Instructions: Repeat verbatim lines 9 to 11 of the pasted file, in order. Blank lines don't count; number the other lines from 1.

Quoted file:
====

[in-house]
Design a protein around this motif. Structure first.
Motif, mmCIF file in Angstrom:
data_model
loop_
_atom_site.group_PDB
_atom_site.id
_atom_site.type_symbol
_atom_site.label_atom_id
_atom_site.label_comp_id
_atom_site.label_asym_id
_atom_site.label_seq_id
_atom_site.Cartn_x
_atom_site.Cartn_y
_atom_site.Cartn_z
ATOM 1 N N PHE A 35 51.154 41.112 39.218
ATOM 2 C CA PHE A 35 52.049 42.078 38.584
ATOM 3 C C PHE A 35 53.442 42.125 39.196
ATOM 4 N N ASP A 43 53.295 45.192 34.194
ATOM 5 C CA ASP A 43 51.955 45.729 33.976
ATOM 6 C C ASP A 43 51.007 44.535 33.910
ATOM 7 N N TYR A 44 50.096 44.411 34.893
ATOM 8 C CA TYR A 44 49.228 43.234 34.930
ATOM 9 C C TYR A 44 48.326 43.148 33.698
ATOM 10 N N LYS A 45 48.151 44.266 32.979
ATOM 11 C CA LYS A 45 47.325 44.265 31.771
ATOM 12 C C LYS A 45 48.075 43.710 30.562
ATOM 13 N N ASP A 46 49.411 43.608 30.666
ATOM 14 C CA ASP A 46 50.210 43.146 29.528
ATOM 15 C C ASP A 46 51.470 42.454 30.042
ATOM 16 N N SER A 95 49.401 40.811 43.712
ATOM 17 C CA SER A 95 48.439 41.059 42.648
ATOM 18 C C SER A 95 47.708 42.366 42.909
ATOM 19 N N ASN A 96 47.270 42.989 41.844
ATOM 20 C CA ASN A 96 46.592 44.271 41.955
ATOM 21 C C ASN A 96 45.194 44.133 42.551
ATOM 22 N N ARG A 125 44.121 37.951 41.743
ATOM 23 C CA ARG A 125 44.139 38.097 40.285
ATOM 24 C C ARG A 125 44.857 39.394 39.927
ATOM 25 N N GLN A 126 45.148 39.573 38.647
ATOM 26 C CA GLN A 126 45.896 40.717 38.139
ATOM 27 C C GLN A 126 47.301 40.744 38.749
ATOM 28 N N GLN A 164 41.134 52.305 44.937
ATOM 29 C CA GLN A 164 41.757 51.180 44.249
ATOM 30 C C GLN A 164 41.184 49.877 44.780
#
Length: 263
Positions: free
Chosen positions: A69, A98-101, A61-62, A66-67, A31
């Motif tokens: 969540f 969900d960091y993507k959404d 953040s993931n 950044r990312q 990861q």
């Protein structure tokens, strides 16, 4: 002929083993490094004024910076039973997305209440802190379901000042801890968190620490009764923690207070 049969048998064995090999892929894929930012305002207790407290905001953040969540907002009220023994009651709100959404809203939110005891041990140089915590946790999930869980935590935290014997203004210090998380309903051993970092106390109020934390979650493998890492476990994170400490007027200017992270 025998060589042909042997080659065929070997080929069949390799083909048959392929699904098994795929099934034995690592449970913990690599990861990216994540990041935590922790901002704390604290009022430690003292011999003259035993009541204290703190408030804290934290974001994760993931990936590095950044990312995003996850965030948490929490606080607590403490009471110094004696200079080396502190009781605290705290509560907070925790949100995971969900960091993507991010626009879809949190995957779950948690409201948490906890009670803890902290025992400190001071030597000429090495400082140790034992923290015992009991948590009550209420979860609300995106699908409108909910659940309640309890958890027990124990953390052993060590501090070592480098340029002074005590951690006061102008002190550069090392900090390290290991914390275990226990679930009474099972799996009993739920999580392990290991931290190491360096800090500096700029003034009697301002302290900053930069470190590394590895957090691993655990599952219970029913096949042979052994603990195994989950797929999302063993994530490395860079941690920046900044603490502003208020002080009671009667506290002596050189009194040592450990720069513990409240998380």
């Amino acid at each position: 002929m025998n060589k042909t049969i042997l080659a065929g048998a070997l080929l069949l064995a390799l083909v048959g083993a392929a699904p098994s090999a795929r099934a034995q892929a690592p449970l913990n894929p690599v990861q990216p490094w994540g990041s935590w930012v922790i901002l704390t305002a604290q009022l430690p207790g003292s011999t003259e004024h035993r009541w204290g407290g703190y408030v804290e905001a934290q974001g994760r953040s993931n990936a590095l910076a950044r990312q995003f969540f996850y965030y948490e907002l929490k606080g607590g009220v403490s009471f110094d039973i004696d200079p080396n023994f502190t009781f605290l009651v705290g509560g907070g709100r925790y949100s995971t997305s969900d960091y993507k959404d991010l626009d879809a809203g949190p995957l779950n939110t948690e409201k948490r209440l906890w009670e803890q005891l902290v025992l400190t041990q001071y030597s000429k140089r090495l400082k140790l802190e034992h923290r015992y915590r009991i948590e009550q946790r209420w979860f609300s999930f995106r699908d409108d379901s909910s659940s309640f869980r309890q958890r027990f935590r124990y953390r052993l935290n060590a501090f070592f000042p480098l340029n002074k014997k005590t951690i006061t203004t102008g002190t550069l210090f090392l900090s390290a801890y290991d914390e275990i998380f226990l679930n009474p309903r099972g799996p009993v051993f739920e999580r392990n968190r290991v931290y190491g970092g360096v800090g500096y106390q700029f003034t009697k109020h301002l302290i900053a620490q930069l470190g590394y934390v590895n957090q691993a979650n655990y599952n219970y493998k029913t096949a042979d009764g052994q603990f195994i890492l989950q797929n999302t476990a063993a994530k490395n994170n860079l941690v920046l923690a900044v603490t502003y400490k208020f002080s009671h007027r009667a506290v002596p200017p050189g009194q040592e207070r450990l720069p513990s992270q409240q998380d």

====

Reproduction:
_atom_site.label_atom_id
_atom_site.label_comp_id
_atom_site.label_asym_id